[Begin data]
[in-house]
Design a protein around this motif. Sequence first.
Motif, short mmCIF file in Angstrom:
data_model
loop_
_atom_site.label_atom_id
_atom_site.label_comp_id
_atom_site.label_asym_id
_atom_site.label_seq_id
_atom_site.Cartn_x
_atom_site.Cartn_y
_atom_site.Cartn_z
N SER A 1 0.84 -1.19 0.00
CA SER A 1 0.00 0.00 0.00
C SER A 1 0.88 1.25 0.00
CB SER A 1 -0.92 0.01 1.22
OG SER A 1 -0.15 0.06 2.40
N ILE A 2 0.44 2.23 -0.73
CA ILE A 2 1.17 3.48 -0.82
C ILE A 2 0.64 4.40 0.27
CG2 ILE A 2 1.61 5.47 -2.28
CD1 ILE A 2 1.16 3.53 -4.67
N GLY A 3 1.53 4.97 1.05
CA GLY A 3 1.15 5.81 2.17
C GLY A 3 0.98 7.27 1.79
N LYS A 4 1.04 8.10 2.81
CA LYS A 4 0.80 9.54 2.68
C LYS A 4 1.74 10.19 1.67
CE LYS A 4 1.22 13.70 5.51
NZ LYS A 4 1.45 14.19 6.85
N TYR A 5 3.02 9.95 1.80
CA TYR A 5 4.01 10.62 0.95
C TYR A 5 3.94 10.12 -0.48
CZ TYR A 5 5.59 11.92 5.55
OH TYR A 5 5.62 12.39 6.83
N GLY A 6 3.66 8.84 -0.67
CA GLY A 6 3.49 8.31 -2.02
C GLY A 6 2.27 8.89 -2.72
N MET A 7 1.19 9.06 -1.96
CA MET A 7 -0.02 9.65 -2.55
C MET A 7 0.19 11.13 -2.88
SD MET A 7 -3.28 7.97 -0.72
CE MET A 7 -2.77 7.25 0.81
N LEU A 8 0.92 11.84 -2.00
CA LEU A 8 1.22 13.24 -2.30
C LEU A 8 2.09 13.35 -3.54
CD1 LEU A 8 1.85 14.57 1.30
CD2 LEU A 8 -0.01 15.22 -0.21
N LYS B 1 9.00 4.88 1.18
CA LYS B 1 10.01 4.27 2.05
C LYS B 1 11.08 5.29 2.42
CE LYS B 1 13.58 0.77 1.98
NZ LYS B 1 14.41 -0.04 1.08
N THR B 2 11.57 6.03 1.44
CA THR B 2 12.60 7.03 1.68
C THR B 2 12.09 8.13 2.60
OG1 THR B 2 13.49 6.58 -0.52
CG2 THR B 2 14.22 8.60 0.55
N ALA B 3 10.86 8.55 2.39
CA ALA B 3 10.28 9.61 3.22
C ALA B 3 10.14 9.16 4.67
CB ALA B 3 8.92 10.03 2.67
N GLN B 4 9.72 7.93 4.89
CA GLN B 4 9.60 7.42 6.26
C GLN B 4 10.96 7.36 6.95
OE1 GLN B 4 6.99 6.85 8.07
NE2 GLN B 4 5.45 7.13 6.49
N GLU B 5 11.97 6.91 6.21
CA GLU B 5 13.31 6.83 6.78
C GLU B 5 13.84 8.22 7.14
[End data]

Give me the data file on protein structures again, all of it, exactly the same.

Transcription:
[in-house]
Design a protein around this motif. Sequence first.
Motif, short mmCIF file in Angstrom:
data_model
loop_
_atom_site.label_atom_id
_atom_site.label_comp_id
_atom_site.label_asym_id
_atom_site.label_seq_id
_atom_site.Cartn_x
_atom_site.Cartn_y
_atom_site.Cartn_z
N SER A 1 0.84 -1.19 0.00
CA SER A 1 0.00 0.00 0.00
C SER A 1 0.88 1.25 0.00
CB SER A 1 -0.92 0.01 1.22
OG SER A 1 -0.15 0.06 2.40
N ILE A 2 0.44 2.23 -0.73
CA ILE A 2 1.17 3.48 -0.82
C ILE A 2 0.64 4.40 0.27
CG2 ILE A 2 1.61 5.47 -2.28
CD1 ILE A 2 1.16 3.53 -4.67
N GLY A 3 1.53 4.97 1.05
CA GLY A 3 1.15 5.81 2.17
C GLY A 3 0.98 7.27 1.79
N LYS A 4 1.04 8.10 2.81
CA LYS A 4 0.80 9.54 2.68
C LYS A 4 1.74 10.19 1.67
CE LYS A 4 1.22 13.70 5.51
NZ LYS A 4 1.45 14.19 6.85
N TYR A 5 3.02 9.95 1.80
CA TYR A 5 4.01 10.62 0.95
C TYR A 5 3.94 10.12 -0.48
CZ TYR A 5 5.59 11.92 5.55
OH TYR A 5 5.62 12.39 6.83
N GLY A 6 3.66 8.84 -0.67
CA GLY A 6 3.49 8.31 -2.02
C GLY A 6 2.27 8.89 -2.72
N MET A 7 1.19 9.06 -1.96
CA MET A 7 -0.02 9.65 -2.55
C MET A 7 0.19 11.13 -2.88
SD MET A 7 -3.28 7.97 -0.72
CE MET A 7 -2.77 7.25 0.81
N LEU A 8 0.92 11.84 -2.00
CA LEU A 8 1.22 13.24 -2.30
C LEU A 8 2.09 13.35 -3.54
CD1 LEU A 8 1.85 14.57 1.30
CD2 LEU A 8 -0.01 15.22 -0.21
N LYS B 1 9.00 4.88 1.18
CA LYS B 1 10.01 4.27 2.05
C LYS B 1 11.08 5.29 2.42
CE LYS B 1 13.58 0.77 1.98
NZ LYS B 1 14.41 -0.04 1.08
N THR B 2 11.57 6.03 1.44
CA THR B 2 12.60 7.03 1.68
C THR B 2 12.09 8.13 2.60
OG1 THR B 2 13.49 6.58 -0.52
CG2 THR B 2 14.22 8.60 0.55
N ALA B 3 10.86 8.55 2.39
CA ALA B 3 10.28 9.61 3.22
C ALA B 3 10.14 9.16 4.67
CB ALA B 3 8.92 10.03 2.67
N GLN B 4 9.72 7.93 4.89
CA GLN B 4 9.60 7.42 6.26
C GLN B 4 10.96 7.36 6.95
OE1 GLN B 4 6.99 6.85 8.07
NE2 GLN B 4 5.45 7.13 6.49
N GLU B 5 11.97 6.91 6.21
CA GLU B 5 13.31 6.83 6.78
C GLU B 5 13.84 8.22 7.14